Things are no better where other crops are concerned. COLSIBA found that in most cases, no proper procedures exist for handling pesticides. The union also condemned the aerial spraying of plantations done while workers are labouring in the fields and in disregard of local communities. It is even more dangerous where basic precautions like information, training and the use of protective equipment are ignored.

Other risk factors stem from the extreme insecurity of agricultural work in the region where human factors, weather conditions, the risk of injury from work tools and equipment and hygiene standards in some jobs are widely disregarded.

Instead of improving working conditions, some producers pare spending on work health to the bone and harass those who demand it. Unions have reported threats to sack workers certified as medically unfit to work and workers who claimed medical care branded as malingerers. Some employers are reportedly not paying their social security contributions while deducting contributions from workers’ wages. Outsourcing of clinicsand medical services to private firms has meant that medicines are now in short supply on some farms.

A 2005 study in a number of Costa Rican coffee plantations found "some 1 100 shacks in just over 500 farms with inadequate sanitation and unfit for habitation: only 38% of farms had drinking water; over 50% of the shacks were dilapidated and overcrowded with more than three people to a bedroom; 79% had no solid waste treatment system". These appalling housing conditions increase the risk of disease but are the daily bill of fare for the casual labourers and migrant workers who flock to the large farms when there is work. In some farm enterprises, such as banana plantations, the shacks are on or near the plantation, but others may be up to two hours’ drive away. In some cases, day labourers are carted to work in cattle trucks.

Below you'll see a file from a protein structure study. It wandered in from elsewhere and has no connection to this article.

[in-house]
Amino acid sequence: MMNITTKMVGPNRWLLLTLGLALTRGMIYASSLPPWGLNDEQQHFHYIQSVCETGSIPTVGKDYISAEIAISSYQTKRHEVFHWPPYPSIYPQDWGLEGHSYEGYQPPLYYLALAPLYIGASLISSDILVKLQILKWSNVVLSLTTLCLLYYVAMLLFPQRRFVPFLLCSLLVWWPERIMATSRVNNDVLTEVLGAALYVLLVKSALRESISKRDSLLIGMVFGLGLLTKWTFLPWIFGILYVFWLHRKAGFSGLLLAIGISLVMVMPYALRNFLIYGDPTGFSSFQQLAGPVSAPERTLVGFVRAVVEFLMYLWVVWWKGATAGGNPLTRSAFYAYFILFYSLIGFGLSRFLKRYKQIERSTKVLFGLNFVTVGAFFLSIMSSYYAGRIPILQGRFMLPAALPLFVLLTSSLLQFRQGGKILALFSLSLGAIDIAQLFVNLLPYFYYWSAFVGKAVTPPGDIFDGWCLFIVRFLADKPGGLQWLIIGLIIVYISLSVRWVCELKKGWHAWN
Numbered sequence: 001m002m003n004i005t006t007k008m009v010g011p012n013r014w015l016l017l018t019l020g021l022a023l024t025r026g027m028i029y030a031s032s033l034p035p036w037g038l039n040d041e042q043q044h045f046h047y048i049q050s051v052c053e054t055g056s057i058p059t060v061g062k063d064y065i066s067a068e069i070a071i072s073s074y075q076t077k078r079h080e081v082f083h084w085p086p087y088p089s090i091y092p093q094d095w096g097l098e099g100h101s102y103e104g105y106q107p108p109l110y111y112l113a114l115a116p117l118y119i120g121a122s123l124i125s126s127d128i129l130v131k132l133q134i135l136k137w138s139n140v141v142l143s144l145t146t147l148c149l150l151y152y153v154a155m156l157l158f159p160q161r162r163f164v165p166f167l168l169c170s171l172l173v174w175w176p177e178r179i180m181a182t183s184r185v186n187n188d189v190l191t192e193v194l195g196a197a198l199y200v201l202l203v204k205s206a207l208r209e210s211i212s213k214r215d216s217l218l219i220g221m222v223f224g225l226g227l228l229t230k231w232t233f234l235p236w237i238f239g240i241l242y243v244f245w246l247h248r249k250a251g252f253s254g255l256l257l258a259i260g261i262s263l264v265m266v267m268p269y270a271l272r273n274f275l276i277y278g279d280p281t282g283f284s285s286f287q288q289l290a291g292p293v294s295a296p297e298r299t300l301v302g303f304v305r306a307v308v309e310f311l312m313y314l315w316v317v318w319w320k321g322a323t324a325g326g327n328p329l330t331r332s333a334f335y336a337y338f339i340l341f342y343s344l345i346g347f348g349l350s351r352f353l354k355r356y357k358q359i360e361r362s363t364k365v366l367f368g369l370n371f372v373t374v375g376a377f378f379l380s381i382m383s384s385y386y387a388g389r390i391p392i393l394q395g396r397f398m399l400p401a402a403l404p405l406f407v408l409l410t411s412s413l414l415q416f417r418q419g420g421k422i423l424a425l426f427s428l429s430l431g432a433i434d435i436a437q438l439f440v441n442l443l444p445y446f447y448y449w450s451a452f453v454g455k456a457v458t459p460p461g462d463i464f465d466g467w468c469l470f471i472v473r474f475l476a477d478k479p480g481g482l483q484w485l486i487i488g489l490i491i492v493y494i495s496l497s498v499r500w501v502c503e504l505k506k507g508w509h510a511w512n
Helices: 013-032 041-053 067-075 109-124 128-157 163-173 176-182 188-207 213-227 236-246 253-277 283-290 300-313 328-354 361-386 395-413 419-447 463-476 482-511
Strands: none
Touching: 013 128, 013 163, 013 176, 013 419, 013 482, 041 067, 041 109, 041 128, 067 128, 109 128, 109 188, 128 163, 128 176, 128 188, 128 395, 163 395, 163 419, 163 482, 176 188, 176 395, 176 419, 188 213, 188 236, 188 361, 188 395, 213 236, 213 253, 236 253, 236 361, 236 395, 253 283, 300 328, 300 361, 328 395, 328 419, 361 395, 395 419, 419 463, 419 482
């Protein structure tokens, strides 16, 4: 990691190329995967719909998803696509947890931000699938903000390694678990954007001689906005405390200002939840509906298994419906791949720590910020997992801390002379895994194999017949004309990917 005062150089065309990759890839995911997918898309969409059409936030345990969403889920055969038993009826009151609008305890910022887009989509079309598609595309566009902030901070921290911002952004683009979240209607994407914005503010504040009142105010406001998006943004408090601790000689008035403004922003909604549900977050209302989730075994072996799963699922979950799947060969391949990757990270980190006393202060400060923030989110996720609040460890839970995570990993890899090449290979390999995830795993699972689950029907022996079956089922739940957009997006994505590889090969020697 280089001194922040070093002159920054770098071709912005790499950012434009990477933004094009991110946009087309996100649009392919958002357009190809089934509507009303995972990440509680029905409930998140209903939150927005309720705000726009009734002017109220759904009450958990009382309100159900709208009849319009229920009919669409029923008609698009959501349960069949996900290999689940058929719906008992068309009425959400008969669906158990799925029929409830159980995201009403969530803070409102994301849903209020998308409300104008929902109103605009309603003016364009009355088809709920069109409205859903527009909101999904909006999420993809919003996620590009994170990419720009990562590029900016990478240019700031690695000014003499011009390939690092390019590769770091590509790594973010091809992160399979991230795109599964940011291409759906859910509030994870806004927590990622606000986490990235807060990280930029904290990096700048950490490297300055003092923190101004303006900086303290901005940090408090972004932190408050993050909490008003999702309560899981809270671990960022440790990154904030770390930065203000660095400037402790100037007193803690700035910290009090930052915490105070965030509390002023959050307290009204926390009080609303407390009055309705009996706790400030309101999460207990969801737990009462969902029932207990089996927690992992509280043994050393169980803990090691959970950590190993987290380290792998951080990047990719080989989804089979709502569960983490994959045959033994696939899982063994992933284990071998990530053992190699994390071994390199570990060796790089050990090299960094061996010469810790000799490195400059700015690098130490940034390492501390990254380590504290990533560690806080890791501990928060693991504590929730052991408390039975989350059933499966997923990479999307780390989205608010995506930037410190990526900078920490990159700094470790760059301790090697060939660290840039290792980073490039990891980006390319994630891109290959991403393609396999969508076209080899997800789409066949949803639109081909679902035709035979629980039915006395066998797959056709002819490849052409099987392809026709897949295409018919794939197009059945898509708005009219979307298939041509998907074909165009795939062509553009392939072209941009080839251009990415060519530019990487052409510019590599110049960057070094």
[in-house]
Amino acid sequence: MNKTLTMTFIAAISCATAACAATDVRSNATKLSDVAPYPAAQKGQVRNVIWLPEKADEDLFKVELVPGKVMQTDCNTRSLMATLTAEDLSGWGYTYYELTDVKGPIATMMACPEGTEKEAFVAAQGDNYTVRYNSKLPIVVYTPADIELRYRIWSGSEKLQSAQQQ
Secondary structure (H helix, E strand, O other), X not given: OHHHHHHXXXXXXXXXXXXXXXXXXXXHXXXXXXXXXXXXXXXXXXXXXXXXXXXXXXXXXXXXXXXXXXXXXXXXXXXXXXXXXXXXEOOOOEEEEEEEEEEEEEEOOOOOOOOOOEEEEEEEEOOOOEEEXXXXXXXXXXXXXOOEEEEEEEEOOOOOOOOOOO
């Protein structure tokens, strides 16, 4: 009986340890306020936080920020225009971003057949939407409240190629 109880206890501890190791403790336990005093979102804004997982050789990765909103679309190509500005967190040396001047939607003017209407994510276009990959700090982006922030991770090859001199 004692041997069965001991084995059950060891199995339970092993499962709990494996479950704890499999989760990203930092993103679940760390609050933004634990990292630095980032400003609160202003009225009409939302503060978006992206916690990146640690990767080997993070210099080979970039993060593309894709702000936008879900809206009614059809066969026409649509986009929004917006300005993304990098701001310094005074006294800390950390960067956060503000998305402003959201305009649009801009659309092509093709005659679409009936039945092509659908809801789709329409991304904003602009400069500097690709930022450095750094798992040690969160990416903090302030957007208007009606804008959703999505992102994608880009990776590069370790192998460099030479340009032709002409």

3 000 deaths in sugar cane plantations

Casual labour and outsourcing have become commonplace practices the immediate consequences of which are insecurity and a poverty risk. They also allow employers to abdicate various work and health responsibilities. Furthermore, many of these jobs are paid not by a fixed wage, but as piece work. A combination of very low pay and a very poor workforce means that sugar cane harvesters have to work at a fast pace even in harsh weather conditions.